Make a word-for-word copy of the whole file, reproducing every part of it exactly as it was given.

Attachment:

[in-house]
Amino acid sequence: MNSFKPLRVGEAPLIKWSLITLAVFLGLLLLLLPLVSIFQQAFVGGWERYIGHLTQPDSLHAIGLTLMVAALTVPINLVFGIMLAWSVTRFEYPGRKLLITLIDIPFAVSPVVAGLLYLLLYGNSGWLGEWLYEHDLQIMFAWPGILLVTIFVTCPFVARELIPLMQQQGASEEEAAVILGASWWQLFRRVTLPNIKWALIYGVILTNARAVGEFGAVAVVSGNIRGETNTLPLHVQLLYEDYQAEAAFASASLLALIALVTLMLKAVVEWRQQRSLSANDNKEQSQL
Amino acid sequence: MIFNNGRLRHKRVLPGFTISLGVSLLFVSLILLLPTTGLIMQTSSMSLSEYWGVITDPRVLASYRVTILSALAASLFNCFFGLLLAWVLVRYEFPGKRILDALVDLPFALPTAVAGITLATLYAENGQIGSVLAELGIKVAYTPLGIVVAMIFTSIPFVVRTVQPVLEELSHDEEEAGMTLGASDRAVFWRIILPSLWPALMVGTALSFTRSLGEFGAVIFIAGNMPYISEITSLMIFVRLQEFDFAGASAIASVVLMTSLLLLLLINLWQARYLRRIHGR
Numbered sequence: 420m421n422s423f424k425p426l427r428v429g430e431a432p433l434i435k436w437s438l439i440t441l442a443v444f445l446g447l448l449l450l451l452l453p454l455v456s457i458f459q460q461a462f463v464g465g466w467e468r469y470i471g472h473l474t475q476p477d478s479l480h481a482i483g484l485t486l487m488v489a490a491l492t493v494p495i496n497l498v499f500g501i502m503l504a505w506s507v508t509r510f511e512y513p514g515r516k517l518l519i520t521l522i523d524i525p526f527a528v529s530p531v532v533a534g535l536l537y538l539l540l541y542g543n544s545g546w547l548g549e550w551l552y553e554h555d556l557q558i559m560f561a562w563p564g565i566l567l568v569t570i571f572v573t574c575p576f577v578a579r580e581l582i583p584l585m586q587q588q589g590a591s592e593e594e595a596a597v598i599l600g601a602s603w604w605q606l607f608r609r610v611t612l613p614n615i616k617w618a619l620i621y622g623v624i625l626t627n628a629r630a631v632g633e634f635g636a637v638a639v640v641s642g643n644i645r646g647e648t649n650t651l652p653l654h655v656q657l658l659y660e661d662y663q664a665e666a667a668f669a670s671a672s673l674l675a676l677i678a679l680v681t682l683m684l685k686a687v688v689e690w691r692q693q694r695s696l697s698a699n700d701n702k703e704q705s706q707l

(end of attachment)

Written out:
[in-house]
Amino acid sequence: MNSFKPLRVGEAPLIKWSLITLAVFLGLLLLLLPLVSIFQQAFVGGWERYIGHLTQPDSLHAIGLTLMVAALTVPINLVFGIMLAWSVTRFEYPGRKLLITLIDIPFAVSPVVAGLLYLLLYGNSGWLGEWLYEHDLQIMFAWPGILLVTIFVTCPFVARELIPLMQQQGASEEEAAVILGASWWQLFRRVTLPNIKWALIYGVILTNARAVGEFGAVAVVSGNIRGETNTLPLHVQLLYEDYQAEAAFASASLLALIALVTLMLKAVVEWRQQRSLSANDNKEQSQL
Amino acid sequence: MIFNNGRLRHKRVLPGFTISLGVSLLFVSLILLLPTTGLIMQTSSMSLSEYWGVITDPRVLASYRVTILSALAASLFNCFFGLLLAWVLVRYEFPGKRILDALVDLPFALPTAVAGITLATLYAENGQIGSVLAELGIKVAYTPLGIVVAMIFTSIPFVVRTVQPVLEELSHDEEEAGMTLGASDRAVFWRIILPSLWPALMVGTALSFTRSLGEFGAVIFIAGNMPYISEITSLMIFVRLQEFDFAGASAIASVVLMTSLLLLLLINLWQARYLRRIHGR
Numbered sequence: 420m421n422s423f424k425p426l427r428v429g430e431a432p433l434i435k436w437s438l439i440t441l442a443v444f445l446g447l448l449l450l451l452l453p454l455v456s457i458f459q460q461a462f463v464g465g466w467e468r469y470i471g472h473l474t475q476p477d478s479l480h481a482i483g484l485t486l487m488v489a490a491l492t493v494p495i496n497l498v499f500g501i502m503l504a505w506s507v508t509r510f511e512y513p514g515r516k517l518l519i520t521l522i523d524i525p526f527a528v529s530p531v532v533a534g535l536l537y538l539l540l541y542g543n544s545g546w547l548g549e550w551l552y553e554h555d556l557q558i559m560f561a562w563p564g565i566l567l568v569t570i571f572v573t574c575p576f577v578a579r580e581l582i583p584l585m586q587q588q589g590a591s592e593e594e595a596a597v598i599l600g601a602s603w604w605q606l607f608r609r610v611t612l613p614n615i616k617w618a619l620i621y622g623v624i625l626t627n628a629r630a631v632g633e634f635g636a637v638a639v640v641s642g643n644i645r646g647e648t649n650t651l652p653l654h655v656q657l658l659y660e661d662y663q664a665e666a667a668f669a670s671a672s673l674l675a676l677i678a679l680v681t682l683m684l685k686a687v688v689e690w691r692q693q694r695s696l697s698a699n700d701n702k703e704q705s706q707l